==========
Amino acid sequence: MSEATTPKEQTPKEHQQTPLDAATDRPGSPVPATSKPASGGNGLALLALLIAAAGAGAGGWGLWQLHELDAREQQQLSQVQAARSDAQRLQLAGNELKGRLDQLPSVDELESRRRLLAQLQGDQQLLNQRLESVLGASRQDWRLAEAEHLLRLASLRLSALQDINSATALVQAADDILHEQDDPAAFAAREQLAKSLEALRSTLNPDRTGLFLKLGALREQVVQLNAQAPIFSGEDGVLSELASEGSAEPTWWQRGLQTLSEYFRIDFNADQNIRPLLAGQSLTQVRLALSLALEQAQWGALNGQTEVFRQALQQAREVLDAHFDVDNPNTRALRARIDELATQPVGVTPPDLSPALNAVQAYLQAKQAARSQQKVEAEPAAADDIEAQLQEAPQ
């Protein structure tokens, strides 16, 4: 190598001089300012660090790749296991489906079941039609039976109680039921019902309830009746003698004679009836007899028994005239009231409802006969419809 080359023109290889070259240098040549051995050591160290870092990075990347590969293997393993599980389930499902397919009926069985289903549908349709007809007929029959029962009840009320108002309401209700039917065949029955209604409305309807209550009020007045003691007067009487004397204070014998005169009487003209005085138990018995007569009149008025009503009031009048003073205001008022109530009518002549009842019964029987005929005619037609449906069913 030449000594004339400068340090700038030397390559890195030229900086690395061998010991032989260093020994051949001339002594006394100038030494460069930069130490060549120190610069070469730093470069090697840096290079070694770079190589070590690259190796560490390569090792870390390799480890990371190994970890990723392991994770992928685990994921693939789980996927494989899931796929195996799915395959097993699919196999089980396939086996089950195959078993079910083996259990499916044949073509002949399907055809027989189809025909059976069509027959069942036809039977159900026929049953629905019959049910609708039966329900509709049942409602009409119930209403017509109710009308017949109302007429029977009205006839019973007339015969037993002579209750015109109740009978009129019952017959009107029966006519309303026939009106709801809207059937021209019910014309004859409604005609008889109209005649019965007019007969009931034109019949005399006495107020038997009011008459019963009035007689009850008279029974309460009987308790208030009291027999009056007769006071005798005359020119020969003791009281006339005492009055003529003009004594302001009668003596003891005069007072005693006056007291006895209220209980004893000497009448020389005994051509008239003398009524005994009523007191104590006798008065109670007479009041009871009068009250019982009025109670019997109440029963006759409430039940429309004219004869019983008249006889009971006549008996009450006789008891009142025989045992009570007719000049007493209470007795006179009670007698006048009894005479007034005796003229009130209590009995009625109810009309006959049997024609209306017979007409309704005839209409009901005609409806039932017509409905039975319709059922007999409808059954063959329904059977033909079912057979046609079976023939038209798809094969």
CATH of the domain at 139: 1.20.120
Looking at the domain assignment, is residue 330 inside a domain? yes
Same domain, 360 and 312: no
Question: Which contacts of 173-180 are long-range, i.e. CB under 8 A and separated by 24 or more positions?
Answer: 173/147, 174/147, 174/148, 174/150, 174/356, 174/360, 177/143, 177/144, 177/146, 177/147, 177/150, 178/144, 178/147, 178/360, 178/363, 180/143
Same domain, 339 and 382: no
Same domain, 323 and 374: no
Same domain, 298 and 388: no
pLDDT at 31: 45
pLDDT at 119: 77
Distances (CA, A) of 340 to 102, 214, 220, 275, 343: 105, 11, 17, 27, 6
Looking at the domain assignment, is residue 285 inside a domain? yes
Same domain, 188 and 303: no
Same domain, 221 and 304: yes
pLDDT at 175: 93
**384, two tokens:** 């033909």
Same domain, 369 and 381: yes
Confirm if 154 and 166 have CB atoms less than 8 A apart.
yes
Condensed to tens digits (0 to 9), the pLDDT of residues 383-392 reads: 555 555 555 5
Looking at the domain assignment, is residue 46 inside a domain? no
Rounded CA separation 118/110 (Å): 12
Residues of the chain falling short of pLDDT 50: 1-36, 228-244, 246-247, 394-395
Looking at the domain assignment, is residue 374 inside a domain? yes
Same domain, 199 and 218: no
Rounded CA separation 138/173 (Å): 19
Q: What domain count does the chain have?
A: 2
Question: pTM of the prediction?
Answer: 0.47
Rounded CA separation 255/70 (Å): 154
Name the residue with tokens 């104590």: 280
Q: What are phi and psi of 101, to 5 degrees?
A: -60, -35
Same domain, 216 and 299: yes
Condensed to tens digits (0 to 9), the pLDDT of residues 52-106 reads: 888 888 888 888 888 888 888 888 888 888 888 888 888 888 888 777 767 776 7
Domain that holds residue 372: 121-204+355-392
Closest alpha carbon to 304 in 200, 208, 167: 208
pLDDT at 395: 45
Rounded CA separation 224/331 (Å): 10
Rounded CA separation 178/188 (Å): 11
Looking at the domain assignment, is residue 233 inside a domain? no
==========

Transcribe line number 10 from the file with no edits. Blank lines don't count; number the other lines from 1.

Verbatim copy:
Same domain, 298 and 388: no